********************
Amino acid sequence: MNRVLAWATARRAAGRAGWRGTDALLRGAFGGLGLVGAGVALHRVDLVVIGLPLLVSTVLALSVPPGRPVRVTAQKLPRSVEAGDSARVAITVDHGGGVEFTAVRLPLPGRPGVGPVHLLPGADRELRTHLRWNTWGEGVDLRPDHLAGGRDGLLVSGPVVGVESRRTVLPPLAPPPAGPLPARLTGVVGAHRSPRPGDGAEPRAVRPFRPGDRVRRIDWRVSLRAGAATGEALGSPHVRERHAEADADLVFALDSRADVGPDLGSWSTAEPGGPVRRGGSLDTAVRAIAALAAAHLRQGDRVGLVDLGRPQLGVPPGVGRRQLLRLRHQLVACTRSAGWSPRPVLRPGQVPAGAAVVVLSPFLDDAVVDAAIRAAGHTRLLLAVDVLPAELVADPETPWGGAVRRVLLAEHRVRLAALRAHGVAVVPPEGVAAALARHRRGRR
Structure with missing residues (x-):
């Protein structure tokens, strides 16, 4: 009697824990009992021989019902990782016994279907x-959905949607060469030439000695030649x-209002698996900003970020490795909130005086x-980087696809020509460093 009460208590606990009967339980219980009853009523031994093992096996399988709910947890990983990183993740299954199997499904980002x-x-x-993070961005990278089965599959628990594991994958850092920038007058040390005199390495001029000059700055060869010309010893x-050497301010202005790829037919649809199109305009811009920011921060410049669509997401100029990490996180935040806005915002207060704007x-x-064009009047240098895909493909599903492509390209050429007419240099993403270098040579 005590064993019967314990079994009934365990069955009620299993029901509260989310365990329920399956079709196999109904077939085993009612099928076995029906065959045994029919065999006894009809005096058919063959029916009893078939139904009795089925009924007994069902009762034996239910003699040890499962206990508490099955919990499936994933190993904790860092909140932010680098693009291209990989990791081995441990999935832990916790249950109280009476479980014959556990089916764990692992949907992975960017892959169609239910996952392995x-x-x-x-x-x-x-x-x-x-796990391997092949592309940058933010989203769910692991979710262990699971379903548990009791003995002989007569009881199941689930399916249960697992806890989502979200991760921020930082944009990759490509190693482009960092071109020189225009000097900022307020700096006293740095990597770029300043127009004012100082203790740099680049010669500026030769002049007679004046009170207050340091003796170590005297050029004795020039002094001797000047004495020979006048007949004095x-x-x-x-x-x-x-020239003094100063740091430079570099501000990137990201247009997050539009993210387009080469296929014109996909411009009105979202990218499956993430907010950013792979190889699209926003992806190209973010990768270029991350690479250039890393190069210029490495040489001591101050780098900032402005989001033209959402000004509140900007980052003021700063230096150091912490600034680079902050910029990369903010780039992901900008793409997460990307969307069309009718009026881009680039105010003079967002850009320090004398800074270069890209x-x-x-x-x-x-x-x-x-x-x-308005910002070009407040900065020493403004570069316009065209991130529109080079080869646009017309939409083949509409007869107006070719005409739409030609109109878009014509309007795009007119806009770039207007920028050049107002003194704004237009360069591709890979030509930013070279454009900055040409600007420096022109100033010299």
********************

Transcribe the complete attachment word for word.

Amino acid sequence: MNRVLAWATARRAAGRAGWRGTDALLRGAFGGLGLVGAGVALHRVDLVVIGLPLLVSTVLALSVPPGRPVRVTAQKLPRSVEAGDSARVAITVDHGGGVEFTAVRLPLPGRPGVGPVHLLPGADRELRTHLRWNTWGEGVDLRPDHLAGGRDGLLVSGPVVGVESRRTVLPPLAPPPAGPLPARLTGVVGAHRSPRPGDGAEPRAVRPFRPGDRVRRIDWRVSLRAGAATGEALGSPHVRERHAEADADLVFALDSRADVGPDLGSWSTAEPGGPVRRGGSLDTAVRAIAALAAAHLRQGDRVGLVDLGRPQLGVPPGVGRRQLLRLRHQLVACTRSAGWSPRPVLRPGQVPAGAAVVVLSPFLDDAVVDAAIRAAGHTRLLLAVDVLPAELVADPETPWGGAVRRVLLAEHRVRLAALRAHGVAVVPPEGVAAALARHRRGRR
Structure with missing residues (x-):
């Protein structure tokens, strides 16, 4: 009697824990009992021989019902990782016994279907x-959905949607060469030439000695030649x-209002698996900003970020490795909130005086x-980087696809020509460093 009460208590606990009967339980219980009853009523031994093992096996399988709910947890990983990183993740299954199997499904980002x-x-x-993070961005990278089965599959628990594991994958850092920038007058040390005199390495001029000059700055060869010309010893x-050497301010202005790829037919649809199109305009811009920011921060410049669509997401100029990490996180935040806005915002207060704007x-x-064009009047240098895909493909599903492509390209050429007419240099993403270098040579 005590064993019967314990079994009934365990069955009620299993029901509260989310365990329920399956079709196999109904077939085993009612099928076995029906065959045994029919065999006894009809005096058919063959029916009893078939139904009795089925009924007994069902009762034996239910003699040890499962206990508490099955919990499936994933190993904790860092909140932010680098693009291209990989990791081995441990999935832990916790249950109280009476479980014959556990089916764990692992949907992975960017892959169609239910996952392995x-x-x-x-x-x-x-x-x-x-796990391997092949592309940058933010989203769910692991979710262990699971379903548990009791003995002989007569009881199941689930399916249960697992806890989502979200991760921020930082944009990759490509190693482009960092071109020189225009000097900022307020700096006293740095990597770029300043127009004012100082203790740099680049010669500026030769002049007679004046009170207050340091003796170590005297050029004795020039002094001797000047004495020979006048007949004095x-x-x-x-x-x-x-020239003094100063740091430079570099501000990137990201247009997050539009993210387009080469296929014109996909411009009105979202990218499956993430907010950013792979190889699209926003992806190209973010990768270029991350690479250039890393190069210029490495040489001591101050780098900032402005989001033209959402000004509140900007980052003021700063230096150091912490600034680079902050910029990369903010780039992901900008793409997460990307969307069309009718009026881009680039105010003079967002850009320090004398800074270069890209x-x-x-x-x-x-x-x-x-x-x-308005910002070009407040900065020493403004570069316009065209991130529109080079080869646009017309939409083949509409007869107006070719005409739409030609109109878009014509309007795009007119806009770039207007920028050049107002003194704004237009360069591709890979030509930013070279454009900055040409600007420096022109100033010299």